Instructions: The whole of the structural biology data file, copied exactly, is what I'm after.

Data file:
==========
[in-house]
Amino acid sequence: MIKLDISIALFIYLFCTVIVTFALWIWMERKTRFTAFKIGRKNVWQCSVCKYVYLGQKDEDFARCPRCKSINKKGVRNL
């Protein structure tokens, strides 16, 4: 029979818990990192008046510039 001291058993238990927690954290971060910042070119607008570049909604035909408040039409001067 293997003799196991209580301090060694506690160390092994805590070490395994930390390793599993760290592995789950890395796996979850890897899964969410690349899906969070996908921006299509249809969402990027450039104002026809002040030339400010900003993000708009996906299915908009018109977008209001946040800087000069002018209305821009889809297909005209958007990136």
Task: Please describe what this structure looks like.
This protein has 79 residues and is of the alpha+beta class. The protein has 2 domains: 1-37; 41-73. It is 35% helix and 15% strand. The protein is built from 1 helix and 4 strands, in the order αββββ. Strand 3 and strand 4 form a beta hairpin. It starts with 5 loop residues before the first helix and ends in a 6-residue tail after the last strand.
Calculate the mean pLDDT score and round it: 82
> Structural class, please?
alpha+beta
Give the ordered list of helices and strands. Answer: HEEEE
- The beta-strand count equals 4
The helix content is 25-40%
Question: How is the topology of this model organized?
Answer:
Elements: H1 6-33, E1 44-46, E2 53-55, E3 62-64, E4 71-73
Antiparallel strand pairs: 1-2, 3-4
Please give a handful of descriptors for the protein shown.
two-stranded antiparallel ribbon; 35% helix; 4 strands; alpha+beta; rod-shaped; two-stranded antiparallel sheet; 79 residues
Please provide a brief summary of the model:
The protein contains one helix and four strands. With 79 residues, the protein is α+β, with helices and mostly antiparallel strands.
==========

[in-house]
Amino acid sequence: MIKLDISIALFIYLFCTVIVTFALWIWMERKTRFTAFKIGRKNVWQCSVCKYVYLGQKDEDFARCPRCKSINKKGVRNL
């Protein structure tokens, strides 16, 4: 029979818990990192008046510039 001291058993238990927690954290971060910042070119607008570049909604035909408040039409001067 293997003799196991209580301090060694506690160390092994805590070490395994930390390793599993760290592995789950890395796996979850890897899964969410690349899906969070996908921006299509249809969402990027450039104002026809002040030339400010900003993000708009996906299915908009018109977008209001946040800087000069002018209305821009889809297909005209958007990136």
Task: Please describe what this structure looks like.
This protein has 79 residues and is of the alpha+beta class. The protein has 2 domains: 1-37; 41-73. It is 35% helix and 15% strand. The protein is built from 1 helix and 4 strands, in the order αββββ. Strand 3 and strand 4 form a beta hairpin. It starts with 5 loop residues before the first helix and ends in a 6-residue tail after the last strand.
Calculate the mean pLDDT score and round it: 82
> Structural class, please?
alpha+beta
Give the ordered list of helices and strands. Answer: HEEEE
- The beta-strand count equals 4
The helix content is 25-40%
Question: How is the topology of this model organized?
Answer:
Elements: H1 6-33, E1 44-46, E2 53-55, E3 62-64, E4 71-73
Antiparallel strand pairs: 1-2, 3-4
Please give a handful of descriptors for the protein shown.
two-stranded antiparallel ribbon; 35% helix; 4 strands; alpha+beta; rod-shaped; two-stranded antiparallel sheet; 79 residues
Please provide a brief summary of the model:
The protein contains one helix and four strands. With 79 residues, the protein is α+β, with helices and mostly antiparallel strands.